If you like your alternative takes on the Star Wars saga, you’ll enjoy this article by UK writer Sam Kriss. Here he argues there is no real empire, or rebellion, for that matter.
For instance: what, exactly, is the Galactic Empire? It’s strange: something that’s fully omnipresent, but also nowhere to be found. The Empire rules the entire galaxy, but all we see are border zones: corrupt, bandit-strewn scrubworlds; autonomous mining colonies; planets inhabited only by storms and monsters; bucolic pre-agricultural fantasies. There are warships and soldiers, thousands even, but that only proves the existence of a border, not anything on the other side. The Empire is all hollow inside, it’s nothing more than its own border. If you have shipyards, why build your weapons platform off the forest moon of Endor?
Just goes to show doesn’t it? The more thought you give a story like Star Wars, which on the surface seems like a relatively simple story of good against bad, the less sense it begins to make.
A surprise this is. Not. It has been confirmed that Darth Vader will feature in the first of the Star Wars Anthology series films, Rogue One, that is due for release in December. That’s less than six months away. Just thought you’d like to know. About Vader, that is.
While already known that Australian Ben Mendelsohn would appear as an officer with plans to ingratiate himself with the Emperor that might earn the wrath of the supreme commander Darth Vader, it has only now been confirmed by Entertainment Weekly that the black-clad, mask-wearing and not overly sweet-natured dark lord Vader himself would appear in the film.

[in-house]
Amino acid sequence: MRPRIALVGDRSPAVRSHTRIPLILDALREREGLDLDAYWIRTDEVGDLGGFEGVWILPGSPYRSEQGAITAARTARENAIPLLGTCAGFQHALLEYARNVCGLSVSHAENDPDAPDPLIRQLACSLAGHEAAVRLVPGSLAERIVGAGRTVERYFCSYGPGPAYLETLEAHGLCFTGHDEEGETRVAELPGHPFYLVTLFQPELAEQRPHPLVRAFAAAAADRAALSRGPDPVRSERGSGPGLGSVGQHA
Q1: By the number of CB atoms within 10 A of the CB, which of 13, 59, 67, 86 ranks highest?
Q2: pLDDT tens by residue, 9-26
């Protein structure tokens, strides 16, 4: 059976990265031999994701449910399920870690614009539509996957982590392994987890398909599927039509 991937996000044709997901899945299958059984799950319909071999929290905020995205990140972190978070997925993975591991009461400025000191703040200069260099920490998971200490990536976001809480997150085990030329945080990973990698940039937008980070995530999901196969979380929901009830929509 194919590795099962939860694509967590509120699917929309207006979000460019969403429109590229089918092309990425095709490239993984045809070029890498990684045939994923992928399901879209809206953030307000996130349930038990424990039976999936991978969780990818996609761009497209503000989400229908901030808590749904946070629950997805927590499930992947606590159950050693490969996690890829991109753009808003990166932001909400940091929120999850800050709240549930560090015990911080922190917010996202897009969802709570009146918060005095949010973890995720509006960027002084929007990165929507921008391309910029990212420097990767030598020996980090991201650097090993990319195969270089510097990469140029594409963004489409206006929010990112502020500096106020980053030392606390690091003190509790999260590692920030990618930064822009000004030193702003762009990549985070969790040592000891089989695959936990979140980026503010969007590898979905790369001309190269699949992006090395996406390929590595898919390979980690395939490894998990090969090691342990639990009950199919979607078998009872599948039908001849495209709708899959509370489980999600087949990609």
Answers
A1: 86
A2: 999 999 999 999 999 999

We can rebuild him, we have the technology… Darth Vader that is. I wonder if Emperor Palpatine realised the cost would total close to eighteen million dollars, all up, though? Short wonder Vader is never seen taking a holiday, or even a tea break for that matter. For that sort of money you’d want to be sure you were seeing a return on your investment.
There’s been much talk of the similarities between Star Wars films A New Hope, and The Force Awakens, and here you can see select scenes from both side by side. Stark, or what? While some of the comparisons were obvious, there’s a fair number of more subtle likenesses.
The Millennium Falcon underwent a long and arduous number of conceptual iterations before its final iconic shape emerged; the one we now once again see blasting its way across the big screen. In fact it wasn’t even known by its famous name until well into production, having up until then gone under the much mundane moniker: Pirate Ship.